Did LotR have to be made out of order, cherry-picking the least feeble of the tales first? No.

    Mind, if they make "The Silver Chair", Puddleglum might sell to the emo-kid market.

  11. David Gosnell

    CS Lewis wasn't first

    Narnia was a city of Roman Italy, now known as Narni.

  12. Anonymous Coward
    Anonymous Coward

    Is 'Narnia' even a trademark?

    OR can anyone just make up words and claim the exclusive right to them?

  13. Anonymous Coward
    Anonymous Coward

    Dead authors and 'Moral' rights

    If you recall the 'debate*' over 95 years performance copyrights vs 50 year performance copyrights.

    When we had the open debate in the UK, the conclusion was to keep it at 50 years, the approximate lifespan of a human (i.e. make work at 30, die at 80 = 50 years). It's clear the IP lobbyists see this as a way to get all types of copyright extended bit by bit. Extend performance copyright, get them extended to the children of the performer, then move on to other forms of copyright.

    CS Lewis of course won't write anymore work, and his estate still has copyright till 2033, so they're not likely to invest in new works or authors (perhaps they'll invest in lobbyists to get the gravy train line extended). Other companies would have to pay Lewis Estate to create derivative works.

    C.S. Lewis (Pte) Ltd. is a Singapore company for tax reasons presumably. It makes sense that copyright licensing businesses will migrate to tax havens, since there's not productive work needed to maintain their 'work'. It will not create business inside Europe (infact derivative work done in Europe because the authors are here has to pay licenses to non productive licensing companies in tax havens).

    Meanwhile some of Cliff's Songs performances have gone out of copyright.... did anyone notice? Bill Haley's performances are out of copyright now, is the world changed?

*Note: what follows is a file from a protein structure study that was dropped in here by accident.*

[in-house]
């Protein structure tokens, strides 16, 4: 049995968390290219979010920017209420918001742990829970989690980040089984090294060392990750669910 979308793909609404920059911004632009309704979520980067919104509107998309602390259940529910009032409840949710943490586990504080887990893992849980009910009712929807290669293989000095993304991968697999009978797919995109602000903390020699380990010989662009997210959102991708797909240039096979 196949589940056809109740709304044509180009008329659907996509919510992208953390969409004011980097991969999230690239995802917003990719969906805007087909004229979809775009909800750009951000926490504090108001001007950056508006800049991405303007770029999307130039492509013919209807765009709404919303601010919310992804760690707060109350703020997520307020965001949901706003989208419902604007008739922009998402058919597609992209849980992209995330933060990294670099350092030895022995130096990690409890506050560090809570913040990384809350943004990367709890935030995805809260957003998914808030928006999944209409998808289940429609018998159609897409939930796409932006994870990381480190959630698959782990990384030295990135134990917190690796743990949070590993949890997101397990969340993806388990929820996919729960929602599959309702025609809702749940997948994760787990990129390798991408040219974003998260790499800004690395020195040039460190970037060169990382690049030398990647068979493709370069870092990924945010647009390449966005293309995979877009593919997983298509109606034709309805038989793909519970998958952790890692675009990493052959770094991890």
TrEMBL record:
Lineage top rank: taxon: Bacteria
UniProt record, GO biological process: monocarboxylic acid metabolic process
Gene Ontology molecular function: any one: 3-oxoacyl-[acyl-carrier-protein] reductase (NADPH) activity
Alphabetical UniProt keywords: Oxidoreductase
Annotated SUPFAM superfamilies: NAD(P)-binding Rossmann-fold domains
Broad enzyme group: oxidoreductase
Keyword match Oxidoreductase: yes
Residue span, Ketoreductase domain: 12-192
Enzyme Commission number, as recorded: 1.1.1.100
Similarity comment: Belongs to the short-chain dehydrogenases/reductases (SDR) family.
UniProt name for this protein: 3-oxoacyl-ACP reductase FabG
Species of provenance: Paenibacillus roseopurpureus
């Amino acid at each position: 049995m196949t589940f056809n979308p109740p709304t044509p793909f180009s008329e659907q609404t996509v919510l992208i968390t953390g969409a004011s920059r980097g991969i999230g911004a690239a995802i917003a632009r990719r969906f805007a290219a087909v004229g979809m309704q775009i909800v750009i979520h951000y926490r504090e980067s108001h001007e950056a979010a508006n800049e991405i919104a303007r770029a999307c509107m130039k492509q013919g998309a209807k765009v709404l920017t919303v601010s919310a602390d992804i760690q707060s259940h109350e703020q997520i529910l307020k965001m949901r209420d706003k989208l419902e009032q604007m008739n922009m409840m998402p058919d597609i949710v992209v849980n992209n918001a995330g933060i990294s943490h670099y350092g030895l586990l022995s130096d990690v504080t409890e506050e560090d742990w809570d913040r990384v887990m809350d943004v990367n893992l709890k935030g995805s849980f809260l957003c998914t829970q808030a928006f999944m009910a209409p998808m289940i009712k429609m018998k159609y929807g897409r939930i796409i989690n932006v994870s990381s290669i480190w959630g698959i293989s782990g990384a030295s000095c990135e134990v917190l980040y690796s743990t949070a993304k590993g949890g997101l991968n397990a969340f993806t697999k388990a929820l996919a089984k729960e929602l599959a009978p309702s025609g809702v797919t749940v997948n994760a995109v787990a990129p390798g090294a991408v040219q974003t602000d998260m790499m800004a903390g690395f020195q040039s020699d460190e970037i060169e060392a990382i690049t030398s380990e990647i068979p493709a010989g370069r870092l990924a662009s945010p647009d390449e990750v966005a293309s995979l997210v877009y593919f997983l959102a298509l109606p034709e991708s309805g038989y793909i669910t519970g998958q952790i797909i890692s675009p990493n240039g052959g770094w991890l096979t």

My point here is this:

    When stuff goes out of copyright, it is not the end of the world, even performance copyrights. Let them die already!

    Dead authors have no moral rights to their work, they're dead, get over it.

    By extending copyright past someones lifespan, you automatically move the lobbyist fight onto the children, and the grand children and the great grandchildren.

    'Moral' rights get really crappy at this point, the 'Lewis' estate did no more write that work than the Saville Smiths.

    Contracts get crappy after people deaths, a writers estate can claim they act in the writers interests, even product contracts, but nobody can show the truth of this because the writer is dead and can't testify as to the truth of the contract.

    Financially you will end up with a bunch of old works sold and resold to Europe from external tax havens and new works will be competing with the marketing of these old paid-for works.

    Creating fake IP rights creates unproductive burden on the rest of us. It is not the way to add value.

    * By 'debate' I mean another McCreevy - Lobbyist love-in.

  14. Mark

    re: conflict of interests

    Nah, create a company called "com" and take over all domains with "com" in the name as a separate word.





  15. Anonymous Coward
    Anonymous Coward


    I'm slightly embarrassed to say, being on the internet for years, but I've never heard or come across such an extension... Let the baby have its bottle, or in this case its email address.

  16. Anonymous John

    @ disgusting..

    "The poor folks might have to sell their home now to pay for legal fees."

    If so, that was their choice. They could have handed the name over when first asked to.

    I'm surprised they fought it. The cost of losing clearly outweighed any benefit of winning.

  17. Anonymous Coward